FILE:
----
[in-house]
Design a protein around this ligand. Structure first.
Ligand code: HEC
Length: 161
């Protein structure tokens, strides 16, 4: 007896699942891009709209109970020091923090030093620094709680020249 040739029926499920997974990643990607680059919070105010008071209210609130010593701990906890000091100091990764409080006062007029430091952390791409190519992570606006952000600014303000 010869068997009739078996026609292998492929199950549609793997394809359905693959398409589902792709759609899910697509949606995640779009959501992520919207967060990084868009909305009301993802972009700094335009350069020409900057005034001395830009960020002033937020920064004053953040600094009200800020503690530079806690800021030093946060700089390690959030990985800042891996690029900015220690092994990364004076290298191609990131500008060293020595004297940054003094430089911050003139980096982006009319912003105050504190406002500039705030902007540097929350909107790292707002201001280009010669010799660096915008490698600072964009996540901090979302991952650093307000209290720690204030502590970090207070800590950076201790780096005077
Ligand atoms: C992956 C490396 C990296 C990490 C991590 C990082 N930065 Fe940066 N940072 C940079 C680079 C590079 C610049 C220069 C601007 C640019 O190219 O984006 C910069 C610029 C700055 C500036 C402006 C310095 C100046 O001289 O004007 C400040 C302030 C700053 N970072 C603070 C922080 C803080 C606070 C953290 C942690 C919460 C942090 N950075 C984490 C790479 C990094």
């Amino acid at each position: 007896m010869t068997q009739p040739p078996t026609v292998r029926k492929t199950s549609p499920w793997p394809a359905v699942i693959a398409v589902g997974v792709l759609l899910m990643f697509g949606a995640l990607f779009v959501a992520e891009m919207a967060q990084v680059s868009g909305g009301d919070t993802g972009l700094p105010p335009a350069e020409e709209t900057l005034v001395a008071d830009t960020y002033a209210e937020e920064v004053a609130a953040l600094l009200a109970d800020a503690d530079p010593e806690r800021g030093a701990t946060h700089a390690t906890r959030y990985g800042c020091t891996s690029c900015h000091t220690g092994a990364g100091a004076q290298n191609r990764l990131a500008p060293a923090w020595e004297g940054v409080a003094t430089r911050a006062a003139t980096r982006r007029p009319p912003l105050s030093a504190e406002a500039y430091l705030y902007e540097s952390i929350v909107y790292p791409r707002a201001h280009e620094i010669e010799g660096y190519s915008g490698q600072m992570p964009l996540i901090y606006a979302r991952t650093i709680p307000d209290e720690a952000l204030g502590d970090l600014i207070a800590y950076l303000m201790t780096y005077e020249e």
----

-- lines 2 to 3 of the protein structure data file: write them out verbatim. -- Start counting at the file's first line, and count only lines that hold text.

Design a protein around this ligand. Structure first.
Ligand code: HEC